The climate change crisis has become a top priority for nations worldwide affecting everyone and all industries and therefore it is no surprise that governments are working to cut carbon emissions wherever possible.
The shipping industry is required to meet emissions and efficiency standards and despite the push to meet these requirements, the shipping industry is still a major contributor to global carbon emissions.
As per the International Maritime Organization, emissions from shipping activities account for about 2.89% of all human-caused greenhouse gas (GHG) emissions and without any decisive action, it could increase to between 10-13% based on the fact that 80% of world trade is transported by sea, with around 11 billion tons of goods annually transported between 150 countries.
While there is no “silver bullet” to decarbonize the global shipping industry, industry leaders must use methods currently available to reduce the industry’s emissions, while leveraging new technologies and adopting sustainable business practices.
We take a deeper look at some of the ways to decarbonise the shipping industry.
Potential Ways to Decarbonize the Shipping Industry
International shipping companies are exploring various decarbonization strategies and emerging technologies to reduce environmental impacts. Failure to lower shipping industry emissions would make the goal of becoming carbon neutral by 2050 much harder to achieve.
What are some of the options available to help reduce the shipping industry’s carbon emissions?
Transitioning from petroleum-based marine fuel to alternative fuels is a key decarbonization strategy shipping companies must consider. While other energy-efficient measures contribute to decarbonization efforts, these fuels alone can significantly reduce — if not eliminate — carbon emissions.
Some shipping companies already use alternative fuels such as biofuel, liquified natural gas, and hydrogen to power their vessels. These and other alternative fuels like ammonia, hydrogen, and methanol produce significantly fewer emissions than heavy fuel oil and could be fairly popular for large shippers.
The technical feasibility of utilizing alternative fuels is promising, but the real obstacle is cost. Alternative fuels will likely become more widely used, but shippers might initially hesitate to make large investments.
Current supply chain constraints also factor into these decisions. Engines, fuel cells, motors, propulsion systems, and other integral technologies must become more affordable to boost adoption.
Improved Pump/Water Cooling Systems
Certain industrial activities and water production technologies can impact the amount of GHG emissions entering the atmosphere. Because of this, advanced water technologies are emerging to help support the shipping industry’s race to net-zero emissions.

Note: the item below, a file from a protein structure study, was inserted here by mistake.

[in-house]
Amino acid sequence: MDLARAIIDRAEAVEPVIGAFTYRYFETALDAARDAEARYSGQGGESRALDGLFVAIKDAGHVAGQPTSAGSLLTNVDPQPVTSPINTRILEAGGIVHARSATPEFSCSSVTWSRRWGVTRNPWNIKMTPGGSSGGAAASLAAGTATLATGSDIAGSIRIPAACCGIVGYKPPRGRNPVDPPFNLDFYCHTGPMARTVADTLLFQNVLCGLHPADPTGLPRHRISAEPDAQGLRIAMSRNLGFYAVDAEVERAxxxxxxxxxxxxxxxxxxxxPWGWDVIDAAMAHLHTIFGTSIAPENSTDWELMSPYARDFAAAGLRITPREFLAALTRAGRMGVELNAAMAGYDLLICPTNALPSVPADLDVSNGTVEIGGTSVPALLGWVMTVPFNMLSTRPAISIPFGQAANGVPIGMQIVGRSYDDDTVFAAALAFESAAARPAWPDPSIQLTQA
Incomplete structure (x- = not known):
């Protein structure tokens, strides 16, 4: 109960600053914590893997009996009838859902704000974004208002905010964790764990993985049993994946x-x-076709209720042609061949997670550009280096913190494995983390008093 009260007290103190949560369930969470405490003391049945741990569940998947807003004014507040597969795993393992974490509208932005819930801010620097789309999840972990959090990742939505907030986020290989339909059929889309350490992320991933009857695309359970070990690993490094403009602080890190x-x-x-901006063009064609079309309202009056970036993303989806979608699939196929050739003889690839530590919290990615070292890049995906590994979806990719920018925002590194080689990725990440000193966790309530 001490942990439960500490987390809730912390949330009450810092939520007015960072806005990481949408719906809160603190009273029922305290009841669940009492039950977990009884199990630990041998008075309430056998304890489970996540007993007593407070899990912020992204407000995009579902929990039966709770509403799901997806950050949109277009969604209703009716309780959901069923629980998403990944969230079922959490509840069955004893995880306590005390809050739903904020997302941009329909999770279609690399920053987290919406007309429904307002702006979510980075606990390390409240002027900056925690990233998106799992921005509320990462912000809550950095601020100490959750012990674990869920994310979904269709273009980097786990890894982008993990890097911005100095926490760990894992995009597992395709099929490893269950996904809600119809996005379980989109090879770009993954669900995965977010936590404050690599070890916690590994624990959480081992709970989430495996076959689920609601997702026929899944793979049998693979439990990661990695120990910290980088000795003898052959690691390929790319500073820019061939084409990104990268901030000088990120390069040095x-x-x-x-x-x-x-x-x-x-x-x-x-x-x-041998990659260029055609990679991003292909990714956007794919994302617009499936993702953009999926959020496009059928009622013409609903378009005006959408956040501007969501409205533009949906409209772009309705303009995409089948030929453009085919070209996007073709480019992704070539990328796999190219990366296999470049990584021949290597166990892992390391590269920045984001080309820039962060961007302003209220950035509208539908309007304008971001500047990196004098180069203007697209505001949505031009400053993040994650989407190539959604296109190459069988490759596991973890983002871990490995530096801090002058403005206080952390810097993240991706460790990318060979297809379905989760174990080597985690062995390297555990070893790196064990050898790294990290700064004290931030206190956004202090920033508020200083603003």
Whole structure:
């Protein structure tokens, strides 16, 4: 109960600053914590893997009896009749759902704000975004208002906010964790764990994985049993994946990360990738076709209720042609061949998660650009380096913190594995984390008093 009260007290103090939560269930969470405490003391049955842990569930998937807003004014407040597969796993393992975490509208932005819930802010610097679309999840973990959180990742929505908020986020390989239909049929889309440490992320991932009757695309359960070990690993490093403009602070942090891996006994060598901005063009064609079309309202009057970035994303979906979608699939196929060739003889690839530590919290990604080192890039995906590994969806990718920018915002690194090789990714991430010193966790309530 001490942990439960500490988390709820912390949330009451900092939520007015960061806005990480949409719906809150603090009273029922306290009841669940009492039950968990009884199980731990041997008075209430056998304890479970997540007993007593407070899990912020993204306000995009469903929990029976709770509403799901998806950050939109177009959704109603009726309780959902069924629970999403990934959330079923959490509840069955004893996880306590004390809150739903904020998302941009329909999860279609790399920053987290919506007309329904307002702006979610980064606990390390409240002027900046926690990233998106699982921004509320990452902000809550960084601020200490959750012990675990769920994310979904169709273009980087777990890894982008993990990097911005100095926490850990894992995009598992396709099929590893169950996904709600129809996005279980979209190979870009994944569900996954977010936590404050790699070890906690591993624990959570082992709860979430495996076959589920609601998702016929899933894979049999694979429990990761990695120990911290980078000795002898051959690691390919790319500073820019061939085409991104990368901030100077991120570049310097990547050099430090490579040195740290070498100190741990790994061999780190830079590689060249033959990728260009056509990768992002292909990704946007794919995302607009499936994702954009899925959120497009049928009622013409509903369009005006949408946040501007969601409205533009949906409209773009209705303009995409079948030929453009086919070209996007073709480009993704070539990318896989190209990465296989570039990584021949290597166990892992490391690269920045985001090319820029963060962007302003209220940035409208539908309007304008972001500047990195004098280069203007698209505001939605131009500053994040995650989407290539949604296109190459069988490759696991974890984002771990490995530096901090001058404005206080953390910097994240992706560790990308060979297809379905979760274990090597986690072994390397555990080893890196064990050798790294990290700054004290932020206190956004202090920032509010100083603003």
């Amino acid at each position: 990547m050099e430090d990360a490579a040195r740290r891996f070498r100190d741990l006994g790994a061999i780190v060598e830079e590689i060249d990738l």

For example, some ships have optimized water cooling systems consisting of pipes, coolers, and pumps that decrease water flow resistance. These systems allow ships to save up to 20% of electric power and reduce fuel consumption by up to 1.5%.
Scrubber Systems or Similar Alternatives
Another helpful technology most commonly used by industrial facilities is a scrubber system. Scrubbers work by removing toxins and other harmful elements from gas to clean up smokestack emissions. Scrubber systems reduce sulfur emissions, improve outdoor air quality and reduce the industry’s adverse effects on the environment
A Netherlands-based company recently created a smaller, more cost-effective alternative to scrubbers using carbon-capturing technology, which stores CO2 in 20-foot batteries onboard.
This alternative system is said to have two CO2 batteries onboard and reportedly reduces carbon emissions by 70%.
Electrified Containership Fleets
So far, industry leaders and researchers have underexplored the potential of electrifying shipping vessels. A recent study from Nature Energy found using electric maritime vessels on international shipping routes less than 1,500 kilometers is an economically viable option.
Electrification would have a minimal impact on shipping capacity. If 40% of global containership traffic was electric, it could lead to a 14% reduction in carbon emissions in the U.S. shipping sector.
The industry might not be ready to switch to electrified fleets but doing so will likely play an increasingly important role in supporting decarbonization initiatives. Some startups are currently experimenting with electric batteries for small ships.
The Road to Decarbonizing Global Shipping
While carbon emission is one of the main emissions, other shipping-related emissions, such as those derived from sulfur oxides and nitrogen also threaten human health as these emissions degrade air quality and could lead to premature deaths.
There is no perfect solution to the shipping industry’s struggle to reduce carbon emissions and change cannot happen overnight. More time, effort, and actions are necessary to make significant adjustments, including the widespread adoption of new technologies.
It will be interesting to see if the industry implements the developments above in the future and if the sector progresses toward decarbonization.
About the Author
Jane Marsh is an environmental journalist and the Editor-in-Chief of Environment.co. She covers all things related to the environment, sustainability, and renewable energy. Jane has been featured on sites like Renewable Energy Magazine, Manufacturing.net, and Nation of Change. When she’s not writing, Jane loves hiking, canoeing, and spending time with her rabbit and birds.